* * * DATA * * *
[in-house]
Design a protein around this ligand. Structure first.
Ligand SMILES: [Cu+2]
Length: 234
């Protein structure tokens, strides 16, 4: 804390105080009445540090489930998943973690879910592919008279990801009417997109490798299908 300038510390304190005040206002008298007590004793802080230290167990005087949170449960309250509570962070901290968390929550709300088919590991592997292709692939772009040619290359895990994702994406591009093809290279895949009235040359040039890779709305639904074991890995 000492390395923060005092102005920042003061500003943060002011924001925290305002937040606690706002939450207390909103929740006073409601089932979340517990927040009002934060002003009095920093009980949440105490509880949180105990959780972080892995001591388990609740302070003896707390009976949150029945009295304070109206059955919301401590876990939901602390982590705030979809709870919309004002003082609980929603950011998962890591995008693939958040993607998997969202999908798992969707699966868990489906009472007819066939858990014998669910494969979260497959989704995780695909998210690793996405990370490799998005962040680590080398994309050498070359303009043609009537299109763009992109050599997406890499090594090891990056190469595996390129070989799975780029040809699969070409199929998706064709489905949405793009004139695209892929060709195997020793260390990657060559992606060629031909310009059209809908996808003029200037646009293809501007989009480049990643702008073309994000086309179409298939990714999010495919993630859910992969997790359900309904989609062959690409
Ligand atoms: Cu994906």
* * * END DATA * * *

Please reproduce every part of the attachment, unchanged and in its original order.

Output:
[in-house]
Design a protein around this ligand. Structure first.
Ligand SMILES: [Cu+2]
Length: 234
């Protein structure tokens, strides 16, 4: 804390105080009445540090489930998943973690879910592919008279990801009417997109490798299908 300038510390304190005040206002008298007590004793802080230290167990005087949170449960309250509570962070901290968390929550709300088919590991592997292709692939772009040619290359895990994702994406591009093809290279895949009235040359040039890779709305639904074991890995 000492390395923060005092102005920042003061500003943060002011924001925290305002937040606690706002939450207390909103929740006073409601089932979340517990927040009002934060002003009095920093009980949440105490509880949180105990959780972080892995001591388990609740302070003896707390009976949150029945009295304070109206059955919301401590876990939901602390982590705030979809709870919309004002003082609980929603950011998962890591995008693939958040993607998997969202999908798992969707699966868990489906009472007819066939858990014998669910494969979260497959989704995780695909998210690793996405990370490799998005962040680590080398994309050498070359303009043609009537299109763009992109050599997406890499090594090891990056190469595996390129070989799975780029040809699969070409199929998706064709489905949405793009004139695209892929060709195997020793260390990657060559992606060629031909310009059209809908996808003029200037646009293809501007989009480049990643702008073309994000086309179409298939990714999010495919993630859910992969997790359900309904989609062959690409
Ligand atoms: Cu994906």